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eLearning Security: Does Cloud Hosting Measure Up?

January 7, 2020

Full-Managed Cloud Hosting for Moodle Vs. Self-Hosting

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Are cloud hosted Learning Management Systems (LMS) the best option when it comes to the security of your learners and their data? This post compares the solutions offered by self and cloud hosted platforms in three different areas of eLearning security so you can make the right call for your LMS hosting solutions!

 

1.  IT eLearning Challenge- Data Privacy

The protection of user, client, and staff data must be the ultimate goal of any eLearning security solution. An organization’s LMS hosting choice is an integral part of how sensitive information is protected, where it is stored, and what processes are involved in maintaining its security.

 

Self Hosted LMS

Cloud Hosted LMS

The argument for protecting data privacy through a self-hosted LMS is all about control. Owning the hardware and system on which data is stored provides the ultimate level of assurance that security processes are as extensive as desired. Opting for total personal control does however also mean total responsibility for maintaining security. This not only includes protection against attacks, but data loss and systems errors. Because of this, a self-hosted LMS, especially in large organizations, requires a fully capable and responsive technical team.

Cloud-based LMS vendors often offer a variety of service levels, allowing users to select an appropriate level of security depending on the sensitivity of their data. This means that organizations can rely on the support of hosting experts to maintain encryption and connection-securing features, such as SSLs. Administrators and users are then free to enjoy their LMS without concerns about an internal team’s ability to recover data if it’s lost or stolen.

 

2. eLearning Security Issue - Account Security

The online landscape of today (and tomorrow) includes the threat of hacking technology. The latest hardware used by phishing agents can break thousands of passwords per second, resulting in a continually growing black market for stolen account details. Despite this sizeable security issue, eLearning systems and the teams who maintain them are often the only lines of defence between account hackers an organization's data.

 

Self Hosted LMS

Cloud Hosted LMS

The most effective way for self-hosted LMS platforms to avoid this security issue is to limit the amount of exposure a system has to the open internet. Because self-hosted systems don’t need to communicate with external servers, the entire eLearning program can be run on an internal intranet. External connectivity can then be closely monitored, ensuring security. But, this creates a restrictive environment in terms of an LMS’s function and potential.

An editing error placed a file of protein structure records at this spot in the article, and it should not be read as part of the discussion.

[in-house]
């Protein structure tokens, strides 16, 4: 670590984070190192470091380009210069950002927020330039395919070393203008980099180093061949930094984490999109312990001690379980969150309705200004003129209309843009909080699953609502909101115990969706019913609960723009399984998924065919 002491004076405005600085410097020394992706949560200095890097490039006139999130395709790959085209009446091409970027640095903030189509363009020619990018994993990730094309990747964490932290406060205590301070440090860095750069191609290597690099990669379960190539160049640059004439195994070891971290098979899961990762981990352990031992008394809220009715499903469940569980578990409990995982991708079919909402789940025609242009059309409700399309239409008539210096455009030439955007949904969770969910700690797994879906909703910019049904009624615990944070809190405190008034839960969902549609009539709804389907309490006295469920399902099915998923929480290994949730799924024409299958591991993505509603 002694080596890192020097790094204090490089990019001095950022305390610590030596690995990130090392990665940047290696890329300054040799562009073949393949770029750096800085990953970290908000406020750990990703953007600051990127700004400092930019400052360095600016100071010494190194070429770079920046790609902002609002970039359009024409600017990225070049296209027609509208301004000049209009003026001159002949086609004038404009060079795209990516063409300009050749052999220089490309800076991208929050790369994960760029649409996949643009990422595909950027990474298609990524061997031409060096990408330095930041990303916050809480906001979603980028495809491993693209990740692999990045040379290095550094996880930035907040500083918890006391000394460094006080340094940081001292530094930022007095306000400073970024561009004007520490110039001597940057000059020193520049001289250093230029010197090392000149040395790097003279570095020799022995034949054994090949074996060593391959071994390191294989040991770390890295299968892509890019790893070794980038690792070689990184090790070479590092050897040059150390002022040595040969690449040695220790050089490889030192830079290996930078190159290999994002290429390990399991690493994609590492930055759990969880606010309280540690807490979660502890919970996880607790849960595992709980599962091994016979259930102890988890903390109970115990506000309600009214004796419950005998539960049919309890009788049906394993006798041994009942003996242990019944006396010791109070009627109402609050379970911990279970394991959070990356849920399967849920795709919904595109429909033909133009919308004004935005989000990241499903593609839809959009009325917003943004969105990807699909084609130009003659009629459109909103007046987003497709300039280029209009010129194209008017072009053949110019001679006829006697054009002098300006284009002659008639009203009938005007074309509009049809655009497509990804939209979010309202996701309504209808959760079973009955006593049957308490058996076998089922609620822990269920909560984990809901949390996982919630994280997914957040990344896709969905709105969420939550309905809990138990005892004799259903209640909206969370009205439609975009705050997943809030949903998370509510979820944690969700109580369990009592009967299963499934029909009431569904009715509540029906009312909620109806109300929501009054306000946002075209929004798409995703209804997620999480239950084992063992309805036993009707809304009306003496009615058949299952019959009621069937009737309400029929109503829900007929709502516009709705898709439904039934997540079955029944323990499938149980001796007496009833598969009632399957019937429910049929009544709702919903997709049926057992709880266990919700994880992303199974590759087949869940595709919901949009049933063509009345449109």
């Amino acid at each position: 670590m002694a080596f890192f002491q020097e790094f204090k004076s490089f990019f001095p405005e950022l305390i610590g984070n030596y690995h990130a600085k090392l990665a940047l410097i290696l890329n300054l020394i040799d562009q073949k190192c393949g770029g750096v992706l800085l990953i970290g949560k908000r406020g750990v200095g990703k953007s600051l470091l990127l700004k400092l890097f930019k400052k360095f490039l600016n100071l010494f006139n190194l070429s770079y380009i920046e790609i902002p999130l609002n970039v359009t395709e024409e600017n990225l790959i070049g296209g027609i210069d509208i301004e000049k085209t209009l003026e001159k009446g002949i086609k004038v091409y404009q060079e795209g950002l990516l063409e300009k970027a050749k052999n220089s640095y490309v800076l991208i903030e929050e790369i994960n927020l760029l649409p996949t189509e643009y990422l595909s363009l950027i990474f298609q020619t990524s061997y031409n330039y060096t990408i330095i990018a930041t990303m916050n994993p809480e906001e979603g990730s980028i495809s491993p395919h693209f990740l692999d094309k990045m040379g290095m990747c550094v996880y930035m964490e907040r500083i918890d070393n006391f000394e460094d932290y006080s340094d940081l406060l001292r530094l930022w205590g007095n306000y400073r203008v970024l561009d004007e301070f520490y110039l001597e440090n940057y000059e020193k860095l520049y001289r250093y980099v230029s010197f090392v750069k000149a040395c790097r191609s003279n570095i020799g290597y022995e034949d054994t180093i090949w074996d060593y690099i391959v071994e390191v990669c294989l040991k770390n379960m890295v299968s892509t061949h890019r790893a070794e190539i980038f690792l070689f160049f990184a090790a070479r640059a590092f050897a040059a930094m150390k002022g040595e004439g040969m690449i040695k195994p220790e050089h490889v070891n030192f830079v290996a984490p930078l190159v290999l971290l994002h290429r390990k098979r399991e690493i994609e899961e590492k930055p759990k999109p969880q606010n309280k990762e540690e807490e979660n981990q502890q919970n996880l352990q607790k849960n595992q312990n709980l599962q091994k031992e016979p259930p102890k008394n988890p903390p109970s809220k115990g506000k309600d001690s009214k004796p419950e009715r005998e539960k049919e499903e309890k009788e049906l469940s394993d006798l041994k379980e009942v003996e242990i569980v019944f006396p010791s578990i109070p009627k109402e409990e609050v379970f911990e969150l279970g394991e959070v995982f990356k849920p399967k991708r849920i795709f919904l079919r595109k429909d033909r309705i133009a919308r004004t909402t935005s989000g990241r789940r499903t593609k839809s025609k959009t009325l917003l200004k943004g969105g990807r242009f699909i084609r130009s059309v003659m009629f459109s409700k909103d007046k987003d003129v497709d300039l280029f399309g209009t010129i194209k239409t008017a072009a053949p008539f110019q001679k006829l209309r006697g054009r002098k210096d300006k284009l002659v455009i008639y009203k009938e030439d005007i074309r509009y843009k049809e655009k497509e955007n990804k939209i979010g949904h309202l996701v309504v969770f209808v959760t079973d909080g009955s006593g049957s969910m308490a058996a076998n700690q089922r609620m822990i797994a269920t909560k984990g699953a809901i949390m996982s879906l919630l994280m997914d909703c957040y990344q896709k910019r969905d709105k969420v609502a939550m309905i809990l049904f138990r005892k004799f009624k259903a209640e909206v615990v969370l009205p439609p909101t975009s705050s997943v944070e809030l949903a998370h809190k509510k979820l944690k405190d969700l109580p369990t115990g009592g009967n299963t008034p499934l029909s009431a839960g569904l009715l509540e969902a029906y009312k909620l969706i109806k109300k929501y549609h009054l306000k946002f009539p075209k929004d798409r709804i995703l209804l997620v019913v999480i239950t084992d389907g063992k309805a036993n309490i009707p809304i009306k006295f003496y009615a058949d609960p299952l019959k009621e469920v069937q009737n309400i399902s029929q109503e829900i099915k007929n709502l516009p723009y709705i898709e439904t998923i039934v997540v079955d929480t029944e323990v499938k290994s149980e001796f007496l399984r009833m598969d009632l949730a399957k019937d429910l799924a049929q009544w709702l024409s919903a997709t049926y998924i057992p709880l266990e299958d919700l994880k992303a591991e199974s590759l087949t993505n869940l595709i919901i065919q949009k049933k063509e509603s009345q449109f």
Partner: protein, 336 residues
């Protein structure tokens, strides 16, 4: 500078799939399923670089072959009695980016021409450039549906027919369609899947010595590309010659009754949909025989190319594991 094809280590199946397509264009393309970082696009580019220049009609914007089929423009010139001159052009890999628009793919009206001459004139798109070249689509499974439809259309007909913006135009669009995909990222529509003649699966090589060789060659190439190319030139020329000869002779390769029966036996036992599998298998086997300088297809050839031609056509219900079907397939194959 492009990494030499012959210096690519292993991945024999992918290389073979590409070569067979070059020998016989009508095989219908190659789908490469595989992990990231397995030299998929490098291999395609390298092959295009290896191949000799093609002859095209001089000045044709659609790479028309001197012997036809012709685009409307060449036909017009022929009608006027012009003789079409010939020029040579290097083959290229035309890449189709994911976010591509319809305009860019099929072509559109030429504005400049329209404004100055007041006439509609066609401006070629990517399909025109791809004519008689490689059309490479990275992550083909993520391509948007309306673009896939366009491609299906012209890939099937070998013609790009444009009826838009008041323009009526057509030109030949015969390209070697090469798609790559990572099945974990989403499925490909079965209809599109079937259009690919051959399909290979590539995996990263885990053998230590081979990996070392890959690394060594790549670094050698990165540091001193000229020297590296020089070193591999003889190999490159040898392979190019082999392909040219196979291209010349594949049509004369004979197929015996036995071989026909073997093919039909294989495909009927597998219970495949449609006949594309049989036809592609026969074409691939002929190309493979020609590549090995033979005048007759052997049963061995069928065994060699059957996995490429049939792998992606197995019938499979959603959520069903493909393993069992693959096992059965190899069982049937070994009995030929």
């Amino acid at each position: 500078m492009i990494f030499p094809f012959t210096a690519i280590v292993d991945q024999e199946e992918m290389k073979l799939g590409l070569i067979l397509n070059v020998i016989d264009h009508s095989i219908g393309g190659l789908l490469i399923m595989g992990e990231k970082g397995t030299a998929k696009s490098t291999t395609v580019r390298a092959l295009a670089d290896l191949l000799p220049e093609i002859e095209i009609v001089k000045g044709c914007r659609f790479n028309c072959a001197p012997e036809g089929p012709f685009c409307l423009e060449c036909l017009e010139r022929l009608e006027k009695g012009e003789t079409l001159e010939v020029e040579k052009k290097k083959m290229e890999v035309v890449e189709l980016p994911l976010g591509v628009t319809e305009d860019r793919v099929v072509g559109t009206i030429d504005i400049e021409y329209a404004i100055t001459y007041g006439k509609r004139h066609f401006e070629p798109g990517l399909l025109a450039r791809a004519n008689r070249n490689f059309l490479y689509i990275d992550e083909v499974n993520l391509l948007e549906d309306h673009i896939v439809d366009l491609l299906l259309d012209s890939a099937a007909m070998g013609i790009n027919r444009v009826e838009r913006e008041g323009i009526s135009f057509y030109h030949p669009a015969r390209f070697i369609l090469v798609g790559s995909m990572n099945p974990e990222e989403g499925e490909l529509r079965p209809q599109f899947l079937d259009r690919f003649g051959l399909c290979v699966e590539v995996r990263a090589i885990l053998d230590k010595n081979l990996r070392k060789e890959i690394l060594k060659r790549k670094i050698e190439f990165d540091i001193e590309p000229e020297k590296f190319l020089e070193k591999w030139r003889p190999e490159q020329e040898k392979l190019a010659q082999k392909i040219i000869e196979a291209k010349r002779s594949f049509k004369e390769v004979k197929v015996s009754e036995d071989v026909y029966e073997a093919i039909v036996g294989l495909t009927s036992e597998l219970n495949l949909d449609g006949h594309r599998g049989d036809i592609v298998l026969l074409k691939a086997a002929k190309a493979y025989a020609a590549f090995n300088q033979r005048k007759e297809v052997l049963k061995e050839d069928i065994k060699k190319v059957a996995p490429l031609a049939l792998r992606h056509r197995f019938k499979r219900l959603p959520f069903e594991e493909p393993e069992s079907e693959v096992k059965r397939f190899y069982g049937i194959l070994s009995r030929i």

While the nature of cloud-hosted platforms mean they cannot completely avoid the risks accompanying internet connectivity, open-source LMS such as Moodle and Totara Learn support industry-standard Single Sign-On (SSO) authentication methods. Authentication tools give tech teams the ability to secure data without relying on the best practices of learners and educators.

 

3. eLearning Security Issue - Managing Access

Especially for larger organizations, working out permissions to data across departments, client, and perhaps multiple locations, without compromising security, can be a perplexing task. Some administrators may need to see the activity of learners, whereas other users might pose a security threat if supplied access to sensitive information.

Self Hosted LMS

Cloud Hosted LMS

Taking on the challenge of designing and implementing a bespoke permissions architecture is no small feat, requiring sufficient technical expertise to ensure security at each permission level does not compromise the overall network. Additionally, a self hosted format across a user network may require installation and maintenance across multiple physical locations. If the large resources to install and maintain such an infrastructure are available, this solution is highly secure.

Cloud hosting allows teams to control permissions through a multi-tenant LMS structure. This gives administrators total oversight, as well as the ability to manage the access of subsites used by clients and individuals. A multi-tenant LMS can therefore be used to designate access among internal departments and offices, or across a client list. 


For more information on developing a multi-tenant structure with a cloud hosted LMS, read this whitepaper - Multitenancy with Totara and Moodle.

 

 

The verdict? For large organizations with extensive resources and capable technical teams, a self host LMS may provide the ultimate level of security. Self hosting means internal control over both data and hardware, giving the option of a totally private cloud and intranet network. However, the tradeoff for this level of security is a significant restriction in terms of the flexibility of an LMS, and the ability of users to remotely access resources.

Cloud hosted LMS, on the other hand, use industry-leading encryption and authentication methods to ensure protection, even while fully connected to the internet across multiple locations. With the right SaaS or managed cloud hosted platform, organizations can feel confident that their LMS secures learner data from both internal and external threats, leaving users free to access their platform’s full potential.

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